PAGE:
Editor's Note: This is the fifth in a multi-part series on the Interim Legislative Economic and Rural Development Committee meeting held July 14-15 at the Western New Mexico University J. Cloyd Miller Library.

By Mary Alice Murphy

Sen. Ron Griggs presented Application of Oil Conservation Rules to the members of the Interim Legislative Economic and Rural Development Committee in Silver City on Tuesday, July 14.

"We need as legislators to be able to address issues," Griggs said. "Otero Mesa became a hot-button issue. The Bureau of Land Management drafted the most difficult rules. Richardson thought they weren't effective, so he sued the BLM. Since then, there has been no oil-and-gas exploration in Otero County. This rule killed almost all of Otero County, except for the Lincoln National Forest and the Mescalero Apache reservation.

"It was overreach to get Otero and Sierra counties to stop oil-and-gas exploration," Griggs said. "I think we should all agree that the state was in a rush to promulgate rules that impact the whole county, when it only affects a small portion of that county. The rule stated we could not have a pit in that part of Otero County or in part of Sierra County. If a company does drill in Otero County, it has to haul the cuttings to a disposal area in Lea County, which would cost about half a million dollars."

He said the rule kills economic development in Otero County. "Oil and gas provide one third of our state budget. More oil-and-gas exploration and development would be good for one of the poorer counties in the state—Otero. The rule was done without talking to the county. The bill applied only to Otero County and part of Sierra County, unless another county officially requested to be part of the rule. For instance, Santa Fe County implemented the rule."

"My bill SB 601 would allow a county to request reinstatement and retention of a county in the rule," Griggs explained. "It's the people of the county requesting the retention or elimination of the rule. The bill provides a simple means to retain the rule by the people of a county.

"What I wanted to do with this committee is make you aware of the issue," Griggs said. "We have the opportunity to put people to work to bring in revenue to New Mexico. We have the opportunity to address the issue that the state should not dictate to counties what they have to do. The heavy hand of the state can easily be abused."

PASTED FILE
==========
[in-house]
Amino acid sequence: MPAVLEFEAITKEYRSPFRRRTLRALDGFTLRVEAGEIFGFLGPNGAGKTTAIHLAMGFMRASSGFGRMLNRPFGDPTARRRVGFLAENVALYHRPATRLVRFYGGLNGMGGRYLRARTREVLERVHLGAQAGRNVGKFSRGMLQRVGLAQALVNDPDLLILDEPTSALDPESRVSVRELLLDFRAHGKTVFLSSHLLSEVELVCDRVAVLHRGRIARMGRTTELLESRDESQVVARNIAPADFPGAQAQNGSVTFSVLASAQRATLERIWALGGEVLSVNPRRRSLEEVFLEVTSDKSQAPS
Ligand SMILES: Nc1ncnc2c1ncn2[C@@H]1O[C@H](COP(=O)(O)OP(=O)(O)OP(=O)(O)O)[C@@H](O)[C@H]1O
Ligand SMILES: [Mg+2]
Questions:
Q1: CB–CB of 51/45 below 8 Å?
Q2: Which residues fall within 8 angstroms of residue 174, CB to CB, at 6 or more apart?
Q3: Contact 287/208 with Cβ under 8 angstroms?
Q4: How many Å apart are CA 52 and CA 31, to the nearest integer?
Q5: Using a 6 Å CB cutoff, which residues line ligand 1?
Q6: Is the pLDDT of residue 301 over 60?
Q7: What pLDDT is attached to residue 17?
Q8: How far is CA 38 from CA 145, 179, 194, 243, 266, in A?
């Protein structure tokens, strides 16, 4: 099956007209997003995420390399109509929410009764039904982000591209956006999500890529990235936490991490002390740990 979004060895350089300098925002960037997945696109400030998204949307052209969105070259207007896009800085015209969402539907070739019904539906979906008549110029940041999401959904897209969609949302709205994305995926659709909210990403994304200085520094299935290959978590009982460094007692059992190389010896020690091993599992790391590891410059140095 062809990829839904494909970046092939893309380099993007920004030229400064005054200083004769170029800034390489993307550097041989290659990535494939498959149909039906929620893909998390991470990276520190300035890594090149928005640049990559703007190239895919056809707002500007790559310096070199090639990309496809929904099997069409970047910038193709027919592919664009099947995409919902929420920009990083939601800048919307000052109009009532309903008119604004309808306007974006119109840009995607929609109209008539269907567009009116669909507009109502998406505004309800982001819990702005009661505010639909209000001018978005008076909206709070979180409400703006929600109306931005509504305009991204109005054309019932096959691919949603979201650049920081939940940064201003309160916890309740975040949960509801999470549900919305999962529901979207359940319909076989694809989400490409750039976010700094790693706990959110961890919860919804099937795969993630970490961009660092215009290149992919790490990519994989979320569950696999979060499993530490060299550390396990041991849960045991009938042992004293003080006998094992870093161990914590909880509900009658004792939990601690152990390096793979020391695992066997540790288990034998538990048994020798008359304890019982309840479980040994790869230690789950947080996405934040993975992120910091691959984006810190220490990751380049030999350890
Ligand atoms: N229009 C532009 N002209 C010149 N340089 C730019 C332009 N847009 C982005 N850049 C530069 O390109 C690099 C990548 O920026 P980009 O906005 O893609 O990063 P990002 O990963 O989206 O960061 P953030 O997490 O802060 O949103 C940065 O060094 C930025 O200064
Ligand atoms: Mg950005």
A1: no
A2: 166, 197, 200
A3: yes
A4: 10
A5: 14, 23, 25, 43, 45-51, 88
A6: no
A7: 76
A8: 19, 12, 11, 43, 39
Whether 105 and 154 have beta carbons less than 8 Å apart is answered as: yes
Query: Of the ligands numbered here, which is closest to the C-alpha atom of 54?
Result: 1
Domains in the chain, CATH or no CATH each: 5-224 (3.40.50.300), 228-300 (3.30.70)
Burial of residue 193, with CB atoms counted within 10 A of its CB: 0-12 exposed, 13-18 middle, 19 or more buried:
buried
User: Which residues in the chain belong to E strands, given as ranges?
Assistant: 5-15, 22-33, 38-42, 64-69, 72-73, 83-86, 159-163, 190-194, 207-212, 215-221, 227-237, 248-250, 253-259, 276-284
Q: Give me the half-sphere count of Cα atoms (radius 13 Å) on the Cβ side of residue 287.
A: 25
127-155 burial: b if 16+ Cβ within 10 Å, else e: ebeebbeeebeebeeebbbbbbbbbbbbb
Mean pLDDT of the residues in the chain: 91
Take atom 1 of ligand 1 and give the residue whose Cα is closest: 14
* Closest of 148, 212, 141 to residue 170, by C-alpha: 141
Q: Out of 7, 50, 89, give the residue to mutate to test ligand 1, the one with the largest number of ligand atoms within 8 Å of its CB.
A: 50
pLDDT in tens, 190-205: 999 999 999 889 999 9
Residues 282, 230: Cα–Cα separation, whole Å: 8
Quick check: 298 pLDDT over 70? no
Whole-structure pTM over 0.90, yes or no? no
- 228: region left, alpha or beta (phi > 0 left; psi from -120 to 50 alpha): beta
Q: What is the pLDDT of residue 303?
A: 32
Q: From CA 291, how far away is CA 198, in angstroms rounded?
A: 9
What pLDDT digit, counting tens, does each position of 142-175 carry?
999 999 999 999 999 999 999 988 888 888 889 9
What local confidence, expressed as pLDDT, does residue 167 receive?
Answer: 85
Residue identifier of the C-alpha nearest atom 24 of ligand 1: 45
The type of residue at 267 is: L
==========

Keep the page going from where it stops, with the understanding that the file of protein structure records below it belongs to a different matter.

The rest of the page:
Sen. Richard C. Martinez said he serves on the Conservation Committee, where the bill died. "I think the Conservation Voters of New Mexico opposed it."

Griggs agreed that the group opposed his bill, and he said the Department of Energy, Minerals and Natural Resources requested amendments, which were added. "There were two bills being considered at the same time. One was a bill that Mora County could not tell the state what to do, and this one, which was that the state could not tell a county what to do."

"I don't intend to damage the environment," Griggs said. "If a county wants to retain the rule, that's fine."

Rep. Rick Little asked what the argument was against the bill.

"There were political issues in the Senate that day," Griggs said. "There were environmental groups that didn't want it passed. We can work with Otero Mesa. We can protect that part of the county. There are things we can work out. The Legislature says we can't have it, but we need to make the rule reasonable and fair."

Rep. John Zimmerman said he thought the bill was trying to level the playing field.

Griggs agreed and said his bill would allow equal treatment that other parts of the state have.

Committee Chairman Benny Shendo said he voted against the bill, because special rules can be applied to parcels.

"Yes, the Galisteo Rule applies for Santa Fe County," Griggs said. "The rule that was passed was intended only for Otero Mesa, but when it was implemented, it impacted more of Otero County."

Rep. Debbie A. Rodella said she appreciated the explanation Griggs gave. "Are there any other alternatives to this bill? We are having a lot of state agencies circumventing statutory public input. Perhaps there is another way to get where you want to go. I can attest to no consistency in the rulemaking process."

"It really impacted our county," Griggs said. "Everybody wants the revenue that would help our county. We need to look at rulemaking so it's done in a way that's consistent."

Zimmerman said the inconsistency could affect a lot of areas. "For instance, mining uranium is not the same as mining copper. One size does not always fit all."

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